"Affluenza Teen" Receives Drug & Alcohol-Related Probation Conditions

By Victoria Kim 03/27/18

The infamous 20-year-old inmate is set to be released from jail in April.

Ethan Couch being escorted by officers
Photo via YouTube

Ethan Couch, who as a teen killed four people while driving drunk, is approaching the end of his jail term in Tarrant County, Texas. But Couch, now 20 years old, will have to abide by a few rules per the terms of his community supervision.

Upon his release on April 2, he will have to adhere to four conditions to stay out of any more trouble.

Couch must abstain from alcohol, which will be enforced by a SCRAM alcohol monitor. He will not be able to drive without a camera-equipped ignition interlock device, nor can he take any substances not prescribed by a medical professional. And finally, Couch will be confined to his home every evening from 9pm until 8am in the morning.

In the summer of 2013, Couch plowed into a group of pedestrians while partying with friends, killing four, including a mother and daughter, and injuring two. He had gotten behind the wheel of his father’s Ford pickup truck with a blood-alcohol level of 0.24—three times the legal limit.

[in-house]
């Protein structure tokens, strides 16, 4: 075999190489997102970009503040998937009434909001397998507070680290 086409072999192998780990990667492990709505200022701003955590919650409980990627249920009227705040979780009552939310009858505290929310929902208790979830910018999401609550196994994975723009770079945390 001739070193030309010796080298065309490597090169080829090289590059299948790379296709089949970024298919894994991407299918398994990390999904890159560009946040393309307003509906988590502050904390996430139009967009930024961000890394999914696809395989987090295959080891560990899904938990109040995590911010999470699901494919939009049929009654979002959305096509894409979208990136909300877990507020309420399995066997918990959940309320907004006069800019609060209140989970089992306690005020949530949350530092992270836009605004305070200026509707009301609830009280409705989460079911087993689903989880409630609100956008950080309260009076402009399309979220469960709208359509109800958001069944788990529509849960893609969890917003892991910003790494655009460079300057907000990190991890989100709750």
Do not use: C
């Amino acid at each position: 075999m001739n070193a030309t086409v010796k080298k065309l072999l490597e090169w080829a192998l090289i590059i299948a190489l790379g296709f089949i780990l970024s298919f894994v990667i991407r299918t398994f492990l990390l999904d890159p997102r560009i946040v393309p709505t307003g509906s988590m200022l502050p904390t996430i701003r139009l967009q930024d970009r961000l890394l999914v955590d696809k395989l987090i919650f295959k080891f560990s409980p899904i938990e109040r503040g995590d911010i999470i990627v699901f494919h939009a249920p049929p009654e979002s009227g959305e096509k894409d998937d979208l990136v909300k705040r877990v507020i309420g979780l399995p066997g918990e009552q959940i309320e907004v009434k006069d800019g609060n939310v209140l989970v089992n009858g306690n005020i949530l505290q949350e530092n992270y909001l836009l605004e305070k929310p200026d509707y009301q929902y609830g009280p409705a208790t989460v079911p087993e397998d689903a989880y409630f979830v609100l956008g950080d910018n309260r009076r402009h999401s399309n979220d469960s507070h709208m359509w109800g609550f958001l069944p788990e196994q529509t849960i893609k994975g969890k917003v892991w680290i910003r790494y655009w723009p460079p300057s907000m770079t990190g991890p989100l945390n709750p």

Couch, who was 16 at the time, initially received 10 years’ probation instead of the 20-year prison sentence prescribed by Tarrant County prosecutors. The juvenile court judge also ordered Couch to enter a long-term treatment program while on probation.

Couch is known as the “affluenza teen” because of testimony given by a psychologist summoned by his attorneys that blamed his actions on “affluenza”—i.e., that he did not know better because of his privileged upbringing.

Eric Boyles, who lost his wife and 21-year-old daughter in the accident, was saddened by Couch’s meager punishment. “Words can’t describe how disappointed I am in terms of how the judicial system works,” he said at the time, according to the New York Times.

Many more people were outraged by the slap on the wrist.

As if that weren’t enough, Couch incited even more outrage when he was caught violating his probation when a video surfaced of “a person who appeared to be Couch” drinking at a party.

Then, after skipping out on a meeting with his probation officer, he and his mother fled to Mexico before getting caught in Puerto Vallarta in February 2016. The mother and son were arrested and brought back to the United States.

Couch was sentenced to two years in jail as a result—four consecutive 180-day sentences for each of his victims.

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Victoria is interested in anything that has to do with how mind-altering substances impact society. Find Victoria on LinkedIn or Tumblr